Chefs Know More than Just Recipes: Professional Vision in a Citizen Science Game

Marisa Ponti, Igor Stankovic, Wolmet Barendregt, Bruno Kestemont, Lyn Bain

Abstract


Some citizen science projects use “games with a purpose” (GWAPs) to integrate what humans and computers, respectively, can do well. One of these projects is Foldit, which invites talented players to predict three-dimensional (3D) models of proteins from their amino acid composition. This study investigated players’ professional vision and interpret their use of recipes, small scripts of computer code that automate some protein folding processes, to carry out their strategies more easily when solving game puzzles. Specifically, this study examined when, how and why the players ran recipes when solving the puzzles, and what actions those recipes performed in the gameplay.

Autoethnographic accounts of players at different levels of experience (beginner, intermediate, and expert) with playing the game were analyzed using a grounded theory approach. The analysis of what these players observed and did visualized the professional vision necessary to use recipes sensibly and effectively. The findings highlight three key abilities: (a) seeing beauty; (b) repairing errors made by recipes, and (c) monitoring a large quantity of information to perform actions effectively. This study indicates that players indeed have to develop a professional vision independent of what the game itself can highlight. This is related to the nature of the game where it seems impossible for the game developers to show the affordances, because they are unknown. Players must learn to see the affordances and develop a professional vision, which means that they have to learn these skills through gaming.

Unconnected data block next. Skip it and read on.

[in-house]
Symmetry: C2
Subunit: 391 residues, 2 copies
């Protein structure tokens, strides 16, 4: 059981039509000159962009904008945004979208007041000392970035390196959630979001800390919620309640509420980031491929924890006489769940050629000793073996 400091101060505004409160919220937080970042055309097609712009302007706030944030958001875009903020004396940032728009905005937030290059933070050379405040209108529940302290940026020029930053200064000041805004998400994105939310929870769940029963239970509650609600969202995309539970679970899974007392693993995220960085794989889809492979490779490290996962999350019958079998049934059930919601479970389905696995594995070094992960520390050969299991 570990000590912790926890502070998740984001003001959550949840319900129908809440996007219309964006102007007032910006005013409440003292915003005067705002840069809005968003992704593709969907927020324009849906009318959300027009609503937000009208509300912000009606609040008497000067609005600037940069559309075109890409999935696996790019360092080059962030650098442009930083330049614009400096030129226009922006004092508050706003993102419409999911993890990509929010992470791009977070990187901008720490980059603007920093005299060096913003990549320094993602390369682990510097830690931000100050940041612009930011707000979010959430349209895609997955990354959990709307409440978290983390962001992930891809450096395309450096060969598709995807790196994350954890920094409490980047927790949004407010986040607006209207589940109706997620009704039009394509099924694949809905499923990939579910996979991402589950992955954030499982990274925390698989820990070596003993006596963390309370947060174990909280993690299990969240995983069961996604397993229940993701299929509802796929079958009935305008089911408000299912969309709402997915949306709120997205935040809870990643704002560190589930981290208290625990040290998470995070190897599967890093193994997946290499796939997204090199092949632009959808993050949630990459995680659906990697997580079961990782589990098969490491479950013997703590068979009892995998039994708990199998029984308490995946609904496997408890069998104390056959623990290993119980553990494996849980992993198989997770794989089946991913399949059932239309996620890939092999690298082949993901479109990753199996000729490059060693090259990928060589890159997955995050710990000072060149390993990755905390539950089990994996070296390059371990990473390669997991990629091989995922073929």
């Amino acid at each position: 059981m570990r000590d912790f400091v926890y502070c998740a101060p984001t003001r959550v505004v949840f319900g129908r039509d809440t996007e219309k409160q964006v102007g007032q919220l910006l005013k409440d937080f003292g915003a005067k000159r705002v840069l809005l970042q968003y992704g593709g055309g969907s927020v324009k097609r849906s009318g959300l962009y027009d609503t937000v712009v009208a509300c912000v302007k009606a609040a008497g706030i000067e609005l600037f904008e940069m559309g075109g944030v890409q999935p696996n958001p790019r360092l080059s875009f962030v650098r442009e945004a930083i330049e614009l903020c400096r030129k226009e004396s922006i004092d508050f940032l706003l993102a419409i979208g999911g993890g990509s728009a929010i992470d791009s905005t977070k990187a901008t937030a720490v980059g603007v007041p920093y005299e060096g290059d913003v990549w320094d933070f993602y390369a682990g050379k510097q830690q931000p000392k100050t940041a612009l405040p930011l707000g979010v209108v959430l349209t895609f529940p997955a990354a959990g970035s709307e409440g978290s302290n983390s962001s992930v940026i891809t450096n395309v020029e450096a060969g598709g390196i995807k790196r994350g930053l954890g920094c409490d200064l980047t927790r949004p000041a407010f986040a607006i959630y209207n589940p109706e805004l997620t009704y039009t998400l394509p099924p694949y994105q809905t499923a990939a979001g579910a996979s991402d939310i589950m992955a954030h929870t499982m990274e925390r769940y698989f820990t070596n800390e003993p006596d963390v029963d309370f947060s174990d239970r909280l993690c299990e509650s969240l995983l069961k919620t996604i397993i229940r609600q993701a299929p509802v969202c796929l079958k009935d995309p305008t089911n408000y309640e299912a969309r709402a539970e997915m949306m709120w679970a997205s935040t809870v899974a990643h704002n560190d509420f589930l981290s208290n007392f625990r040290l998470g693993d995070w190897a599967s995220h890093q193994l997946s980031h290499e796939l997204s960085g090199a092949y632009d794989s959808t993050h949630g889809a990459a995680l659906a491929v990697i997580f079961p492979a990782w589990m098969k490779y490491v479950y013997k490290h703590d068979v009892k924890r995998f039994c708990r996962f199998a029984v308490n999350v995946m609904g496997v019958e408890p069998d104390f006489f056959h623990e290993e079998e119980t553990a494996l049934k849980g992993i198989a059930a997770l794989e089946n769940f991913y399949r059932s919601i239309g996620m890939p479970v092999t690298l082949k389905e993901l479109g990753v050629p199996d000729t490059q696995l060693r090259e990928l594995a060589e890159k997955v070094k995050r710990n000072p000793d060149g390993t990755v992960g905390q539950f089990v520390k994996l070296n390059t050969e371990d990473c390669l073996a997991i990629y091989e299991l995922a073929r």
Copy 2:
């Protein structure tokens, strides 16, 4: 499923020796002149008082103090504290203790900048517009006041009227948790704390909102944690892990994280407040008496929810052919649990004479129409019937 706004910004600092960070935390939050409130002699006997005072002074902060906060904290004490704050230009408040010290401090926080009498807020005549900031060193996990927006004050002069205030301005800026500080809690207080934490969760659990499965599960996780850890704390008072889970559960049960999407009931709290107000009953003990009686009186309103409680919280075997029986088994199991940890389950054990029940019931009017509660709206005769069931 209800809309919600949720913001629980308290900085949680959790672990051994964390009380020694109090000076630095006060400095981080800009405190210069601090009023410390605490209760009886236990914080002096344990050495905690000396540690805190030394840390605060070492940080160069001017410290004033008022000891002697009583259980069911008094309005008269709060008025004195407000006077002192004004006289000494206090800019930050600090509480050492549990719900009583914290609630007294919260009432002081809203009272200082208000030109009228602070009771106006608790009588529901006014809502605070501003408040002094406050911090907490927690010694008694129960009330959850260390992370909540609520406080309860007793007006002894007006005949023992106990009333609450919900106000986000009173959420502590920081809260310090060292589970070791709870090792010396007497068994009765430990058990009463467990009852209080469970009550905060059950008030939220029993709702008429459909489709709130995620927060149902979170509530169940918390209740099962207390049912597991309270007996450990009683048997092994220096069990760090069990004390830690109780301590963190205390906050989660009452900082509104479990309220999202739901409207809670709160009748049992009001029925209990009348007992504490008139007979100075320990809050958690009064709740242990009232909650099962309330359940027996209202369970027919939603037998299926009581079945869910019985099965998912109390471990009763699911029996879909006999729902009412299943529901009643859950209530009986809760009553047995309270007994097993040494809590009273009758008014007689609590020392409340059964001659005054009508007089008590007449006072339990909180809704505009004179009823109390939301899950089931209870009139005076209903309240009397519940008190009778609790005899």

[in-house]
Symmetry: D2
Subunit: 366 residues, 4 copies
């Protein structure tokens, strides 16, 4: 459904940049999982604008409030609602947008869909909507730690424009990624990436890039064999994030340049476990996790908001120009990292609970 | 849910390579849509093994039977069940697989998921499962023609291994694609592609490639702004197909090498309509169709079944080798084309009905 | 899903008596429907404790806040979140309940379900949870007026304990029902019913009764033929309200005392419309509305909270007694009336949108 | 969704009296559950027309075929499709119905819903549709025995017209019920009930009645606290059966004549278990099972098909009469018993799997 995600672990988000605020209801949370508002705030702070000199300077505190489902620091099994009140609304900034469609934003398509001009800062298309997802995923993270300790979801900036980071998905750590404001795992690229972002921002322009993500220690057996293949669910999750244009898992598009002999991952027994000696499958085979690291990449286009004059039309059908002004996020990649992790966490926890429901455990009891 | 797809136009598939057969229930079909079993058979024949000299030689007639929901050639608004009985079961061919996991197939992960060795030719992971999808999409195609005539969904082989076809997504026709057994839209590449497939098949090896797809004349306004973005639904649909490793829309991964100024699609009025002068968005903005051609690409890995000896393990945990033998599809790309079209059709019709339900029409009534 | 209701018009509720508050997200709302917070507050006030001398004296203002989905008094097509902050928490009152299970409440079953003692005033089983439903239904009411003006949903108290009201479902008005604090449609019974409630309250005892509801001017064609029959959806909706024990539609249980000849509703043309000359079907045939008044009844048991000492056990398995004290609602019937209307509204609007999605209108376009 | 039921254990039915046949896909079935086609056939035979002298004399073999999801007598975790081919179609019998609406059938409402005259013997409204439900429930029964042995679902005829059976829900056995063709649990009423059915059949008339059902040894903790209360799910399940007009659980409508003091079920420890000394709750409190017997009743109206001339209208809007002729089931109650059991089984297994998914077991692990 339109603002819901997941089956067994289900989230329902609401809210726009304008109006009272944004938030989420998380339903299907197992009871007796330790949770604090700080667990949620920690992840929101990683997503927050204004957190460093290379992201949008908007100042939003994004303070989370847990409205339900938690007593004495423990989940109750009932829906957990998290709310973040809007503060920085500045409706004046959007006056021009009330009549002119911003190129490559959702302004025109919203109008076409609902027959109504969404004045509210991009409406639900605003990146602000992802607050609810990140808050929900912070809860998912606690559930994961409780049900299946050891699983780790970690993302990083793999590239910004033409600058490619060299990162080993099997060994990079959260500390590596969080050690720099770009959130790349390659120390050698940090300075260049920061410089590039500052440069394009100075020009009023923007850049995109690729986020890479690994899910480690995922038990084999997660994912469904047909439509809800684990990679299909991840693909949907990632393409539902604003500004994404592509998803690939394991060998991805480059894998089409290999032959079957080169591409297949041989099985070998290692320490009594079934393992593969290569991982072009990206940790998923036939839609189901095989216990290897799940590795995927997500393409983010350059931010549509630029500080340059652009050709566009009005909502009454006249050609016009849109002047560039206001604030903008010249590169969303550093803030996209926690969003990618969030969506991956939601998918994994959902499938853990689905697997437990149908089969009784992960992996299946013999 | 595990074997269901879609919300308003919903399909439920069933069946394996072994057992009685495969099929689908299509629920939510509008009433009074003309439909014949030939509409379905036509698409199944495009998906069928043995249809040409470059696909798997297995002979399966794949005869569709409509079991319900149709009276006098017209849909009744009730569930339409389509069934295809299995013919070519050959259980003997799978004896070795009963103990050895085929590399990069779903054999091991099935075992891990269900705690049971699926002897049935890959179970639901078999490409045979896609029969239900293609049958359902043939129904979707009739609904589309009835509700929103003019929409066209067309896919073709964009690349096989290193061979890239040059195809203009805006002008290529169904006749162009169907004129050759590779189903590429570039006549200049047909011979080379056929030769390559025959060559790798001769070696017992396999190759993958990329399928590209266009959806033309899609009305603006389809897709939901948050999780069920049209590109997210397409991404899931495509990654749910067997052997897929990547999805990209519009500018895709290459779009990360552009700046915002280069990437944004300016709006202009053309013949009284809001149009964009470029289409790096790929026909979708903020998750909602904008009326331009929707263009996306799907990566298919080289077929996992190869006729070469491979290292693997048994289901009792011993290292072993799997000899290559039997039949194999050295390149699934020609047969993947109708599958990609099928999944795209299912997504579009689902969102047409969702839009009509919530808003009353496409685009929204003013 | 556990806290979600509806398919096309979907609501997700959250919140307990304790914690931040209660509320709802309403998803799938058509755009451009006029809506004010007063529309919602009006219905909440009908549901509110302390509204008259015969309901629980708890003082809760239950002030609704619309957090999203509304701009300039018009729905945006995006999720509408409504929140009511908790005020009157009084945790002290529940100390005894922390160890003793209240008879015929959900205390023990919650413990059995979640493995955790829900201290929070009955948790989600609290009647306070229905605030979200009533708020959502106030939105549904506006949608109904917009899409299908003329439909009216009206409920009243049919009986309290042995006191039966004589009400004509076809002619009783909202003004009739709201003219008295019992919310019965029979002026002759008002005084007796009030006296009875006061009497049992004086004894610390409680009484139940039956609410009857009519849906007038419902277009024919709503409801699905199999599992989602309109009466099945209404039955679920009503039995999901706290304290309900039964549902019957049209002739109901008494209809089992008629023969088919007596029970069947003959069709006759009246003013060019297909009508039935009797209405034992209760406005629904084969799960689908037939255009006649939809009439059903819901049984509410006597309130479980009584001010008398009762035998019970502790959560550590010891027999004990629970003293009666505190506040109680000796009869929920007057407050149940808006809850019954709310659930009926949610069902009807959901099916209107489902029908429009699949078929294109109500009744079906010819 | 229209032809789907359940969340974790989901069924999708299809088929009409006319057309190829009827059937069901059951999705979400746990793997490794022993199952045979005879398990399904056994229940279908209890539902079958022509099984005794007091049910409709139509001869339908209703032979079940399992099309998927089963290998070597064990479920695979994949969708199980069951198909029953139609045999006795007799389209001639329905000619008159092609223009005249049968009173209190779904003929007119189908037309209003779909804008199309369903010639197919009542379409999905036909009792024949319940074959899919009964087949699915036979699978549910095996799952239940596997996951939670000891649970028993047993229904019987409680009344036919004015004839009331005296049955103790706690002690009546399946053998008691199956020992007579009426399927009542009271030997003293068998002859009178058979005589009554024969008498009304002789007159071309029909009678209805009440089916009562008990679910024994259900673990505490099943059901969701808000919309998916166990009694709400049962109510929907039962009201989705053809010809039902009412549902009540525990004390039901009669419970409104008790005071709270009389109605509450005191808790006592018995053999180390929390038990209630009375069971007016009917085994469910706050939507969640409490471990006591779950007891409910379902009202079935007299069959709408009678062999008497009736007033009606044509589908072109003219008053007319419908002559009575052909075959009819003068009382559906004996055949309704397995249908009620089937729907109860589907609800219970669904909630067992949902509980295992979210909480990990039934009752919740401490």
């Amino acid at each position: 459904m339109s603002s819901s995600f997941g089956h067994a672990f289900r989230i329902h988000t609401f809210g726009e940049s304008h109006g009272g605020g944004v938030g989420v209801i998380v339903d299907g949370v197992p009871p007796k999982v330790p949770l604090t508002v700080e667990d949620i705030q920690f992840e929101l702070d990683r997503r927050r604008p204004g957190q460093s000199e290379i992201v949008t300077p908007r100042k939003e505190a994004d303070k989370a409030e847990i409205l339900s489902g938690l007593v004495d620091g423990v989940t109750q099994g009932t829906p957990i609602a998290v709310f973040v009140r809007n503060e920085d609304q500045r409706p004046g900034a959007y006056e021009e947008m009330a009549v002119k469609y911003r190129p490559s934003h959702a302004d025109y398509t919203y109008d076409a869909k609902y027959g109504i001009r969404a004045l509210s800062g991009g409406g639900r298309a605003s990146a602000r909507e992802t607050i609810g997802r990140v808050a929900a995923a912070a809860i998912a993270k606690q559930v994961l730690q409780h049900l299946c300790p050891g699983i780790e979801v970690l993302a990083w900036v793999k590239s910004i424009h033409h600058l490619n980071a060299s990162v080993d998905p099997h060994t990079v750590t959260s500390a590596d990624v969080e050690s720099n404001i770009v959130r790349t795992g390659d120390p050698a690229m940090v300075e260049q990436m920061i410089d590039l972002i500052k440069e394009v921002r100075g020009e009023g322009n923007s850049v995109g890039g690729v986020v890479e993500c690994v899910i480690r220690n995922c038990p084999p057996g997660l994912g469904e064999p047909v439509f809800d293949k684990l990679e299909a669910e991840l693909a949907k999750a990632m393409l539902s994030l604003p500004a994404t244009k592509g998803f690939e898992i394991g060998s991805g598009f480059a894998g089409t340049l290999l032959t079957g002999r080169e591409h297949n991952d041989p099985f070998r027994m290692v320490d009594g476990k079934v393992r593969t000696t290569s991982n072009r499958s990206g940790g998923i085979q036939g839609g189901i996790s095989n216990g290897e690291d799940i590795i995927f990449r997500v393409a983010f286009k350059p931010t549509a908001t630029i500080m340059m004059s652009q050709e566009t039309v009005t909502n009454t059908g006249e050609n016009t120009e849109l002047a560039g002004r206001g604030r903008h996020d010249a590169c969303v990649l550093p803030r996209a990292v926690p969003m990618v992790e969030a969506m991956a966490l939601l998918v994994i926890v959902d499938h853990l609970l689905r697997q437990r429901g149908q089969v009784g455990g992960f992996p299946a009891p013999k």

Keywords


Games with a Purpose, Citizen Science, Professional Vision, Scripts

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References


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